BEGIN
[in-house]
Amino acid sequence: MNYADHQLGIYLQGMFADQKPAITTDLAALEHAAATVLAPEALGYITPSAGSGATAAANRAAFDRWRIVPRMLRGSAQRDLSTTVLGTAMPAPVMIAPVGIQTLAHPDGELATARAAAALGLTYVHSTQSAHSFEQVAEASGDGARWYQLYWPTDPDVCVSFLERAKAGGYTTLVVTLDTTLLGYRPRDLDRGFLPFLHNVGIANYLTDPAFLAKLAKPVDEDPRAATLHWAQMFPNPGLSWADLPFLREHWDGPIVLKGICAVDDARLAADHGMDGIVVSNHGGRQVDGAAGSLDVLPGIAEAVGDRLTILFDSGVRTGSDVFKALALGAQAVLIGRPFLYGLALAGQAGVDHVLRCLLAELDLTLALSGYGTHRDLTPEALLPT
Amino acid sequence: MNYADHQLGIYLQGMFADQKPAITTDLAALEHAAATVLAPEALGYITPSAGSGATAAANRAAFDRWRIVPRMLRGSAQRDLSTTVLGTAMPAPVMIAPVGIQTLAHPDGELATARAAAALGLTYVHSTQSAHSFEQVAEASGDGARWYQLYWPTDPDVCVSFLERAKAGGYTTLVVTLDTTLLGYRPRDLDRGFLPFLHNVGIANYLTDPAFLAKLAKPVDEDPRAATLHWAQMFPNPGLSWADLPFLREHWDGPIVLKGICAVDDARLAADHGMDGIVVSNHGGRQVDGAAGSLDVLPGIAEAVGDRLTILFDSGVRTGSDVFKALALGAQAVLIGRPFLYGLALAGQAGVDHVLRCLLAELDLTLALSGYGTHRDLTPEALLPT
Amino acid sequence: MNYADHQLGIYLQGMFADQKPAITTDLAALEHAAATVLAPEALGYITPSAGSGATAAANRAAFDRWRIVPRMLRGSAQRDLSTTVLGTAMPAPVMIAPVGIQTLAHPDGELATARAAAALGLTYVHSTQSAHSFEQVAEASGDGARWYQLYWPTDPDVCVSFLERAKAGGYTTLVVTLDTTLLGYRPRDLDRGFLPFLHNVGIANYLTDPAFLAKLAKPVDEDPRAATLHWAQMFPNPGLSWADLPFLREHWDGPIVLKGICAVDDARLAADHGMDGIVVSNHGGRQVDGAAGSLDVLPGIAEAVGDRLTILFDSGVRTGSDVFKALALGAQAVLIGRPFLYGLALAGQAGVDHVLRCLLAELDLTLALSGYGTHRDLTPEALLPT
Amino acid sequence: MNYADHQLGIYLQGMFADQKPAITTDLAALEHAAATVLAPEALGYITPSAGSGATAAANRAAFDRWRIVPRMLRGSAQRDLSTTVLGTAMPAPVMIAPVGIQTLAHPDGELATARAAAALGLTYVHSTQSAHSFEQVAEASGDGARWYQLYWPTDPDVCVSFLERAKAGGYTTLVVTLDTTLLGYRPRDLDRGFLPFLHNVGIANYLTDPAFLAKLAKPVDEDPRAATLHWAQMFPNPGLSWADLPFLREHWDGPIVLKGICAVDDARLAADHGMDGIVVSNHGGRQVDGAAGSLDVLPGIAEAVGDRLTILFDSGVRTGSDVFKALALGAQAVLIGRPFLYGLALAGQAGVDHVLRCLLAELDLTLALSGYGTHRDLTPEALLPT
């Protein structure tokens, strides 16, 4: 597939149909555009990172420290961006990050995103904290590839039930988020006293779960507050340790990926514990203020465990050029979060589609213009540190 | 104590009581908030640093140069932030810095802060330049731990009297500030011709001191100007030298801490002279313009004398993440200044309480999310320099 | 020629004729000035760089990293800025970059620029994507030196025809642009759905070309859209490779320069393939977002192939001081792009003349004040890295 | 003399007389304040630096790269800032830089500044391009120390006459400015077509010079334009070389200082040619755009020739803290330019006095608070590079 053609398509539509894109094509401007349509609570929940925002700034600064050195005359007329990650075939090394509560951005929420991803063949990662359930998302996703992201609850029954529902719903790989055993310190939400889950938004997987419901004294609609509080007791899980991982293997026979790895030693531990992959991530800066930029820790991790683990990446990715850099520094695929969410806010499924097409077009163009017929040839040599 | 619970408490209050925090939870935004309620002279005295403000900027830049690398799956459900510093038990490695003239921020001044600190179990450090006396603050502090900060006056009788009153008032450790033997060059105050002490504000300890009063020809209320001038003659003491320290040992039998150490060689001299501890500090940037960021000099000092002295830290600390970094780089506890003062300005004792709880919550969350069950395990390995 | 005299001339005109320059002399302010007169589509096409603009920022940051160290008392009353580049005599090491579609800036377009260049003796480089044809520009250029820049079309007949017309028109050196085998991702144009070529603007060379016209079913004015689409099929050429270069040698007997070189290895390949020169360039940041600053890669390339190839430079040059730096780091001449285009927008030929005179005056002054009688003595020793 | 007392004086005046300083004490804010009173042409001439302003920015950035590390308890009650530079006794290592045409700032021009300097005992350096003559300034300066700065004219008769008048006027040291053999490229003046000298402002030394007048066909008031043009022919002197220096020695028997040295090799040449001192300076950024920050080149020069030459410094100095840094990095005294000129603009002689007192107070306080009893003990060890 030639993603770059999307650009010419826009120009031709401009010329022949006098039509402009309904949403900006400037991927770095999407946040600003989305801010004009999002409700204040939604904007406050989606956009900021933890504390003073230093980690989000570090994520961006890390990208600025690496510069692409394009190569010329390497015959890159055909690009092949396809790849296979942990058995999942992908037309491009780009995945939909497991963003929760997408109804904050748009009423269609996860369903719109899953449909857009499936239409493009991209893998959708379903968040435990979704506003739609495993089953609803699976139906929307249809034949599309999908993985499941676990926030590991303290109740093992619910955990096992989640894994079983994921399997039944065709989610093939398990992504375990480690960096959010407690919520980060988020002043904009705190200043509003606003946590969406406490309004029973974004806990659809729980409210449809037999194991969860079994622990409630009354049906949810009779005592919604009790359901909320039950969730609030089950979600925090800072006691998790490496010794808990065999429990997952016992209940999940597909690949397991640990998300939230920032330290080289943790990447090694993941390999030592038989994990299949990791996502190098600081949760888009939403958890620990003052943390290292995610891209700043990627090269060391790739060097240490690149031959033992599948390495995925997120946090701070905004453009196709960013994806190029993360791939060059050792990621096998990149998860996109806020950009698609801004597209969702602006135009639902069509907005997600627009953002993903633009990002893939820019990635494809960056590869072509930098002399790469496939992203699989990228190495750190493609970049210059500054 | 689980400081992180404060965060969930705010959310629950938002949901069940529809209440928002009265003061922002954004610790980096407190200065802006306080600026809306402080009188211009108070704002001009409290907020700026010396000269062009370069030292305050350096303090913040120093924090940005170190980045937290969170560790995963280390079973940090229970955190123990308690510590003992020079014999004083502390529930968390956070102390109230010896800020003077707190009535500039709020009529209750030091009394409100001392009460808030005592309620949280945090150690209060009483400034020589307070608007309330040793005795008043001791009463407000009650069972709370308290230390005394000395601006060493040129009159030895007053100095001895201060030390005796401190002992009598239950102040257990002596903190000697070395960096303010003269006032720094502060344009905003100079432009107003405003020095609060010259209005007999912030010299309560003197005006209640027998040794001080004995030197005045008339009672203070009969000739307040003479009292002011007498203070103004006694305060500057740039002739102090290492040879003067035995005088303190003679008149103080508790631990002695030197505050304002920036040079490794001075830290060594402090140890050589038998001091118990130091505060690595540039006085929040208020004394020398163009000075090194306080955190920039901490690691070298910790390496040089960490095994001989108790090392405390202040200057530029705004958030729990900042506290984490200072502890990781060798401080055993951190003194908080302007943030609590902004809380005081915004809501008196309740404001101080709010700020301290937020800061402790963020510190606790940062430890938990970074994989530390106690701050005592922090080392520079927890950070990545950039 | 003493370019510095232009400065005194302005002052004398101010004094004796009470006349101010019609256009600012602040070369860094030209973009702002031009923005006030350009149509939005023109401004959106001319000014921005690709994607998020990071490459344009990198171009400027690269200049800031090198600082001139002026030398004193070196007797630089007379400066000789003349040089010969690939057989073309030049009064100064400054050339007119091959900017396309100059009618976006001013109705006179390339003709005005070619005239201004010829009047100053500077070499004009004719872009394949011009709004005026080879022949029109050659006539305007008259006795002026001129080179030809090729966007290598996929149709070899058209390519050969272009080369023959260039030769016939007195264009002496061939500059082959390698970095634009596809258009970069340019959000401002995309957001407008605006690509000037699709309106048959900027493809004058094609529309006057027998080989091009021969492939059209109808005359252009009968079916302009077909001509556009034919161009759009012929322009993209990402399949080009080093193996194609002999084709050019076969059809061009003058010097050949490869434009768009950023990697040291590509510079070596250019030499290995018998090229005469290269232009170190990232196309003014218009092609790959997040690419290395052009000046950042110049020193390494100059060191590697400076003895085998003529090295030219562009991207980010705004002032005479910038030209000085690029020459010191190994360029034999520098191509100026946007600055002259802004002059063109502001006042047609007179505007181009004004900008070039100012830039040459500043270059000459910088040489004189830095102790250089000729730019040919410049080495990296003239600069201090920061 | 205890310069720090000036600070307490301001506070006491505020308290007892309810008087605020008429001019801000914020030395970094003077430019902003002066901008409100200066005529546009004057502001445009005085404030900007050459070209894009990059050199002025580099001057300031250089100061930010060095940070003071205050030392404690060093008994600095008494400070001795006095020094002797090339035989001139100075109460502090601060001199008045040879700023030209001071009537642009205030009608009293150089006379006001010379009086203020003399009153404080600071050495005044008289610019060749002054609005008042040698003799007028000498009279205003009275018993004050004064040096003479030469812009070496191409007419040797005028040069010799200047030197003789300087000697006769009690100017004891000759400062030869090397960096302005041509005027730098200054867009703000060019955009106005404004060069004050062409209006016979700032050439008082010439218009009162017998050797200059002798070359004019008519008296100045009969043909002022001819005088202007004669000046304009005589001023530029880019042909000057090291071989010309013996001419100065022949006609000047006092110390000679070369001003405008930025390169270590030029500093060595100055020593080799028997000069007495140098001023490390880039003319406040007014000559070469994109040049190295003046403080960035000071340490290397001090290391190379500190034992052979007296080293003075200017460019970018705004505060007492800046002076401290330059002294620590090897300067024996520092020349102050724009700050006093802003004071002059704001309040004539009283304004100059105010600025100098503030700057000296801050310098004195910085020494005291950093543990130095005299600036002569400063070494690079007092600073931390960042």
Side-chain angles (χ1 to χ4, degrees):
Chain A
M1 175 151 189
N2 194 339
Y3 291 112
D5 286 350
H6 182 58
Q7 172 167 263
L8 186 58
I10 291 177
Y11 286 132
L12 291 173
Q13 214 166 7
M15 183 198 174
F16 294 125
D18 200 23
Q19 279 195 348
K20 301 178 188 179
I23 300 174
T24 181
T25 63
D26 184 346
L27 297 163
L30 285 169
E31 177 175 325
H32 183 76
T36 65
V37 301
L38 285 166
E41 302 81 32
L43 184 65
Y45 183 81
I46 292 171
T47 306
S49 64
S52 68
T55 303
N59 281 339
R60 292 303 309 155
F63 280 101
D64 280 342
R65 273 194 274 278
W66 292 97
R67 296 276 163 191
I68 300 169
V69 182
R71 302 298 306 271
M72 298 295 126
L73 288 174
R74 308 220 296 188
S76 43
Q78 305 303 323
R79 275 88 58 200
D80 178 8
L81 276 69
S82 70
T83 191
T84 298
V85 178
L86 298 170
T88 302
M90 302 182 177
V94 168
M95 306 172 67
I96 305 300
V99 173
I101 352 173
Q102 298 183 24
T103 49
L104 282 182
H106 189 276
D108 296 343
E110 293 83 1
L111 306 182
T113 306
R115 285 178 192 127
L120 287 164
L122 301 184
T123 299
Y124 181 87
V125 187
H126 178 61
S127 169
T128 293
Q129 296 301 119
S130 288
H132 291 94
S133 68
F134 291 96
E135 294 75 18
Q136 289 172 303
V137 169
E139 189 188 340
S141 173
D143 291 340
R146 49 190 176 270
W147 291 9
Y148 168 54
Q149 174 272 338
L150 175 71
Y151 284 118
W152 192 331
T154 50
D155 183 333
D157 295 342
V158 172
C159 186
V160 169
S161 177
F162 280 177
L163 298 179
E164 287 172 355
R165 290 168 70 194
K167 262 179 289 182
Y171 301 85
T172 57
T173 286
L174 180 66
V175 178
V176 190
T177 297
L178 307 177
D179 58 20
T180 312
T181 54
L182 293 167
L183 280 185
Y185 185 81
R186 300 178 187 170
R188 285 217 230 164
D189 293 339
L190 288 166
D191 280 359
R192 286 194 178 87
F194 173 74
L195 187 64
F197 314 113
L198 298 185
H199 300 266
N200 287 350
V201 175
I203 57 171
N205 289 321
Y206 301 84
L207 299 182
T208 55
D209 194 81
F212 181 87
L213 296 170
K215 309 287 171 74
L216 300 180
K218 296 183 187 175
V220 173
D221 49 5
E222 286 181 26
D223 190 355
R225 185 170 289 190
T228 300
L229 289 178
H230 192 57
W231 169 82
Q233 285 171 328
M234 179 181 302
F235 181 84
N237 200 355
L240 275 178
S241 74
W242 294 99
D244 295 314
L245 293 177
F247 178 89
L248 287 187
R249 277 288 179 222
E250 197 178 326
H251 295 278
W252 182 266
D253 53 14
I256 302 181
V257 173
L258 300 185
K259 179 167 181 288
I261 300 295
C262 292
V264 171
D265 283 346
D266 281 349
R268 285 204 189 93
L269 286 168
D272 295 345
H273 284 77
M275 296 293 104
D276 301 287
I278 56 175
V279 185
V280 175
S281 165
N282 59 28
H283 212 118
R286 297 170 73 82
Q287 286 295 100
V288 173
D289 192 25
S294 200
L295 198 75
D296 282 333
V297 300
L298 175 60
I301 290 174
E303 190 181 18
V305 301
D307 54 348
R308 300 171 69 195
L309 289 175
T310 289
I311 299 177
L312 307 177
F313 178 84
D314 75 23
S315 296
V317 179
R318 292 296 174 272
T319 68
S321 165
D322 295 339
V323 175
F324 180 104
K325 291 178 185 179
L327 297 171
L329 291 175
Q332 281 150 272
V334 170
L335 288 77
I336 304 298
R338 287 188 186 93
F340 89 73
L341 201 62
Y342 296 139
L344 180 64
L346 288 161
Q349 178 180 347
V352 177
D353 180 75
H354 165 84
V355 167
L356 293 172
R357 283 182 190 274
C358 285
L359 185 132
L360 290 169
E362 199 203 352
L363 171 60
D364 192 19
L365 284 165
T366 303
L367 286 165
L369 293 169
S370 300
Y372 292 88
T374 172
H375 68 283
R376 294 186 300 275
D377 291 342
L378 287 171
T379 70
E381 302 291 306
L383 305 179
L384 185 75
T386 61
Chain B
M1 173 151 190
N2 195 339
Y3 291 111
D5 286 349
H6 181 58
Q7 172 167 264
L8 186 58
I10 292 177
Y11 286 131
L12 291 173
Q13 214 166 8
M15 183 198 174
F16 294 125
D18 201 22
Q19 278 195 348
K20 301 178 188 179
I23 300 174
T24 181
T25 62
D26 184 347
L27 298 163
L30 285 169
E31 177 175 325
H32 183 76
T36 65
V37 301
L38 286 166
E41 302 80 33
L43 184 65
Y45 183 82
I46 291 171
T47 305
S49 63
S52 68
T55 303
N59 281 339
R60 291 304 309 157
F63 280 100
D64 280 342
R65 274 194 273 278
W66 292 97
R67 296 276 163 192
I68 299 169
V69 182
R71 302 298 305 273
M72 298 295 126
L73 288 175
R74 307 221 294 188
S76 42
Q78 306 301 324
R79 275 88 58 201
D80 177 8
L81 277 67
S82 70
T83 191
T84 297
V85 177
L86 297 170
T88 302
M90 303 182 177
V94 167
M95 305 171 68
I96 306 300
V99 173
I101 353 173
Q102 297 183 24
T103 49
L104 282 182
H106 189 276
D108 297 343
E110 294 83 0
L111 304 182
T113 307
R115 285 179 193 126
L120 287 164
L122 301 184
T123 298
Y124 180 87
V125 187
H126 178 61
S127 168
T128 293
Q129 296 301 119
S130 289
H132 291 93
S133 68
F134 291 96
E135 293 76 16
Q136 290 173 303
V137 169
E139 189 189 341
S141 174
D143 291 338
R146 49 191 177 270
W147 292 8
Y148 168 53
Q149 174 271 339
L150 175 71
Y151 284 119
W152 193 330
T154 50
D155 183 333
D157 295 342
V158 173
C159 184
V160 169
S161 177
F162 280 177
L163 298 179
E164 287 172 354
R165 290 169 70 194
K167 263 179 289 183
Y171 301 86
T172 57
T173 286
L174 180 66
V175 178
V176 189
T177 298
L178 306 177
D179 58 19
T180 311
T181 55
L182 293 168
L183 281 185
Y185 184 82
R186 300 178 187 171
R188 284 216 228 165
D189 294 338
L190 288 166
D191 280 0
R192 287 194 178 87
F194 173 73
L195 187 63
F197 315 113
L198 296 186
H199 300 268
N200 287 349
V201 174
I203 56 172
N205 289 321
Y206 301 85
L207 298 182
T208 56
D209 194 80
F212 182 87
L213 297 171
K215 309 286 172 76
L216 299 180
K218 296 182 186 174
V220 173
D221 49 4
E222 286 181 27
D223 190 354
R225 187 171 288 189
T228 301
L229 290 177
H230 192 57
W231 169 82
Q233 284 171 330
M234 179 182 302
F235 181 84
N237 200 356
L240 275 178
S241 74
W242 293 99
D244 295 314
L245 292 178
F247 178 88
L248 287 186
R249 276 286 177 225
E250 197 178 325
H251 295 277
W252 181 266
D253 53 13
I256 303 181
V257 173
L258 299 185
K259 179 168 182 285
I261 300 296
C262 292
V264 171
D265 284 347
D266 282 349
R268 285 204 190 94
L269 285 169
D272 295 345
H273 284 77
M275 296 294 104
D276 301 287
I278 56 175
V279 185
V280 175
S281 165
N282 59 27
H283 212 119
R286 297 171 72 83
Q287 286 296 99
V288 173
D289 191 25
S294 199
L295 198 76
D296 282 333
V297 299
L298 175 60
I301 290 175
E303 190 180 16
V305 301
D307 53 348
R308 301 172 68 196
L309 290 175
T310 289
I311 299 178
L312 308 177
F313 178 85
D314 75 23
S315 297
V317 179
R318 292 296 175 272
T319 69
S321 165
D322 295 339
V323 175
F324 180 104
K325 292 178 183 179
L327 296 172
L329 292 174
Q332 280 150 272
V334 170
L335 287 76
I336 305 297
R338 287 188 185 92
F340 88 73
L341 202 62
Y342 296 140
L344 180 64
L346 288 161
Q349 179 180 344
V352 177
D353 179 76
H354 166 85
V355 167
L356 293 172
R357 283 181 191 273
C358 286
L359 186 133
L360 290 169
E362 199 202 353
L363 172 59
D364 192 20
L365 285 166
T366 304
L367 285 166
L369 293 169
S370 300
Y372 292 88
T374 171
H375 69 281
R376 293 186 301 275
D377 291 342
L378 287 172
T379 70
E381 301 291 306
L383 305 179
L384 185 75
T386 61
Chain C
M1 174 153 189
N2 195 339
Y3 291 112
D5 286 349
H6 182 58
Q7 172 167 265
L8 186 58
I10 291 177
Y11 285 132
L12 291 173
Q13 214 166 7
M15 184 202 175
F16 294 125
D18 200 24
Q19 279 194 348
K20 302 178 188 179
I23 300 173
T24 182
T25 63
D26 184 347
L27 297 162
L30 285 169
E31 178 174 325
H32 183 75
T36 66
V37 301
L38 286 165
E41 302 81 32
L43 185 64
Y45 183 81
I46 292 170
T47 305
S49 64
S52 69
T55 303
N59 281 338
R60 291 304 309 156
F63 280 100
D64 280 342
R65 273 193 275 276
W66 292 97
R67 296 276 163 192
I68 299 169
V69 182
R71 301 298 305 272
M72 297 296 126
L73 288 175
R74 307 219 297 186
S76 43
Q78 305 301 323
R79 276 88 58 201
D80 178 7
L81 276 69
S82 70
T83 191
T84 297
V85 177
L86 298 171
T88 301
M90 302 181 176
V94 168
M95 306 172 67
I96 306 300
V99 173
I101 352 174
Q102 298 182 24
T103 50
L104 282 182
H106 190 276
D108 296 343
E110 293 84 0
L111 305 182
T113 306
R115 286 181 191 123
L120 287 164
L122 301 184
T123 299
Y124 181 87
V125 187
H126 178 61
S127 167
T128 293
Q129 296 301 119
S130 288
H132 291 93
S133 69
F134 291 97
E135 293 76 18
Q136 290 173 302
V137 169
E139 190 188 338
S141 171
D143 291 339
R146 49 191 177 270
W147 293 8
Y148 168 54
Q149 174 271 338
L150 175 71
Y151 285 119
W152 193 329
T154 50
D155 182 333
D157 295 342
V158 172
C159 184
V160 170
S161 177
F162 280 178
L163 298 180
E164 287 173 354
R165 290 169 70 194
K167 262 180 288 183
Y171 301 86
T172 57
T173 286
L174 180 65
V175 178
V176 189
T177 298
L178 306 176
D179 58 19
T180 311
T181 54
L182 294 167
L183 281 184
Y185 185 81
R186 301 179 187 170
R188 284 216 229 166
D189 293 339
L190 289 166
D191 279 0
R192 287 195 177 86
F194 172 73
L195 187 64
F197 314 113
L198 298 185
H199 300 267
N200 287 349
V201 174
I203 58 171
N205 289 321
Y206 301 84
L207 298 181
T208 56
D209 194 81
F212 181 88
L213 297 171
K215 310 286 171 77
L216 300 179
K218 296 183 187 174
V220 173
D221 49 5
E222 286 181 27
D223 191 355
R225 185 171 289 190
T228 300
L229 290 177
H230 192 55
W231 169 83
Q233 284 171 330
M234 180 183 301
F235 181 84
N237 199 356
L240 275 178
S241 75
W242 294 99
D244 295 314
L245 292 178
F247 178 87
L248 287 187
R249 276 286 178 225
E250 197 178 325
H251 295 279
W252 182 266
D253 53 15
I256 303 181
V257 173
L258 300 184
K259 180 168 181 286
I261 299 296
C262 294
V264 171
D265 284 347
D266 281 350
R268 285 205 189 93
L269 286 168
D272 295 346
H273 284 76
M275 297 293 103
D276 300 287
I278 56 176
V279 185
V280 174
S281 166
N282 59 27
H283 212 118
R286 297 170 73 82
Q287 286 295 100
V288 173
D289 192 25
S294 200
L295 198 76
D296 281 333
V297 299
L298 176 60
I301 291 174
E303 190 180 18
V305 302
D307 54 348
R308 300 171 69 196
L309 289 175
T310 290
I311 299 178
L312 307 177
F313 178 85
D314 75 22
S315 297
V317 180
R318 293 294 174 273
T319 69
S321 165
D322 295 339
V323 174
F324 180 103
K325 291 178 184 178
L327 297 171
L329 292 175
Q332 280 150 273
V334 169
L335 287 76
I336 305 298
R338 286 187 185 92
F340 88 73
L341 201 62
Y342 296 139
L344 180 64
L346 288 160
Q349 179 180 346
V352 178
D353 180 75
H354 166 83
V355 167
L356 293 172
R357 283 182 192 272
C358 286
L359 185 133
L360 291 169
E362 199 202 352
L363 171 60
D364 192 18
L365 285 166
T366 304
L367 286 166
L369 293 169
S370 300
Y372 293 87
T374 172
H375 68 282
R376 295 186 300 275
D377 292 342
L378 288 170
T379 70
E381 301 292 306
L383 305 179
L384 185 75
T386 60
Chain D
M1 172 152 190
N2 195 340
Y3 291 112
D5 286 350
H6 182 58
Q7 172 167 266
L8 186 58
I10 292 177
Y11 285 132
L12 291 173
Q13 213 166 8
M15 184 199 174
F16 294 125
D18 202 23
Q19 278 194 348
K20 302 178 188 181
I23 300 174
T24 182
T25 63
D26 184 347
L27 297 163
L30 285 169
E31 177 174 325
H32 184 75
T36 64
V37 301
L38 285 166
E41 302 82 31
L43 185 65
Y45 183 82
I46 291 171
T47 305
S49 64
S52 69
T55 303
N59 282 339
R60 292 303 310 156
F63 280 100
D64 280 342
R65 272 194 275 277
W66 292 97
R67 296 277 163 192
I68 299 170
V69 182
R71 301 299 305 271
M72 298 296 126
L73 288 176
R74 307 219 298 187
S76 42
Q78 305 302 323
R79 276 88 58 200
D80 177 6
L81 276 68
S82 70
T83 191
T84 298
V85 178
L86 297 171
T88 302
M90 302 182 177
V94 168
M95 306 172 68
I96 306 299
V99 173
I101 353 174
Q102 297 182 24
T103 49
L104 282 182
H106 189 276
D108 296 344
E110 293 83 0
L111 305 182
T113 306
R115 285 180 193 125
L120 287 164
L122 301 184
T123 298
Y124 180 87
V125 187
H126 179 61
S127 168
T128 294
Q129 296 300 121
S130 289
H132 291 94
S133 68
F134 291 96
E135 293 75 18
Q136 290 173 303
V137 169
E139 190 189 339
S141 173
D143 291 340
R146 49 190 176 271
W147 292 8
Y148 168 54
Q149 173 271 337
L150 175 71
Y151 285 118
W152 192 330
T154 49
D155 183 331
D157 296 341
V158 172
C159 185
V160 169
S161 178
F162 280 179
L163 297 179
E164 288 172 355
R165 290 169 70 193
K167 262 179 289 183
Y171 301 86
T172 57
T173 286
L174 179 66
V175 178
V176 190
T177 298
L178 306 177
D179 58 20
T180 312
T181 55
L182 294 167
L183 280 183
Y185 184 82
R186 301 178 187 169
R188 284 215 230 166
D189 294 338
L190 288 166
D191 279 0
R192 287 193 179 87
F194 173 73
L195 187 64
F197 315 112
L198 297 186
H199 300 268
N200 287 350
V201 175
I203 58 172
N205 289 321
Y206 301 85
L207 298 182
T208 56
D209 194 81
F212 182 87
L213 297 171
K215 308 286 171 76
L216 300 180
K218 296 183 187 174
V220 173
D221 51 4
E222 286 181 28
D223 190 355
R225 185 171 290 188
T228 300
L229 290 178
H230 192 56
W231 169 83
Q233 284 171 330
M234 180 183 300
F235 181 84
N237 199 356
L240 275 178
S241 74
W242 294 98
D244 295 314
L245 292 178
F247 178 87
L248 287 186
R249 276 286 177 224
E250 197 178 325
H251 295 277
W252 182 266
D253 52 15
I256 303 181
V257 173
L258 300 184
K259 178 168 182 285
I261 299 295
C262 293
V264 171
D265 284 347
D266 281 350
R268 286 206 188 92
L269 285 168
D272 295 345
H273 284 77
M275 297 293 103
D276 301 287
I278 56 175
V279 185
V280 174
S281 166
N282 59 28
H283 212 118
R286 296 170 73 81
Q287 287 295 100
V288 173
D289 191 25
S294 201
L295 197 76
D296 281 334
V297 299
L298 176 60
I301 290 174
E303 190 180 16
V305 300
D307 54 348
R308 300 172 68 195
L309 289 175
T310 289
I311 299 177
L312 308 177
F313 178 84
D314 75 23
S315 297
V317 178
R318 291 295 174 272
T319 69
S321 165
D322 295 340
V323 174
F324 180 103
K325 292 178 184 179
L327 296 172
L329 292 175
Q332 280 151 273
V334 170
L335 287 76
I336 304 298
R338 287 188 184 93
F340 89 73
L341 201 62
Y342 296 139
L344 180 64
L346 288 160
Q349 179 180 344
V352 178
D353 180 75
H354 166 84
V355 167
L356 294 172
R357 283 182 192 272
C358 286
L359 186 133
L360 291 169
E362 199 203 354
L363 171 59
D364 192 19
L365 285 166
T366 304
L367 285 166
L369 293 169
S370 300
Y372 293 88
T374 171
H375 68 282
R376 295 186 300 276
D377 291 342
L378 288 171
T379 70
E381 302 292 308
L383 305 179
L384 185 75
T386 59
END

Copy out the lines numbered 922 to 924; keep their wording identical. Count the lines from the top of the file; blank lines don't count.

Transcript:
Y171 301 86
T172 57
T173 286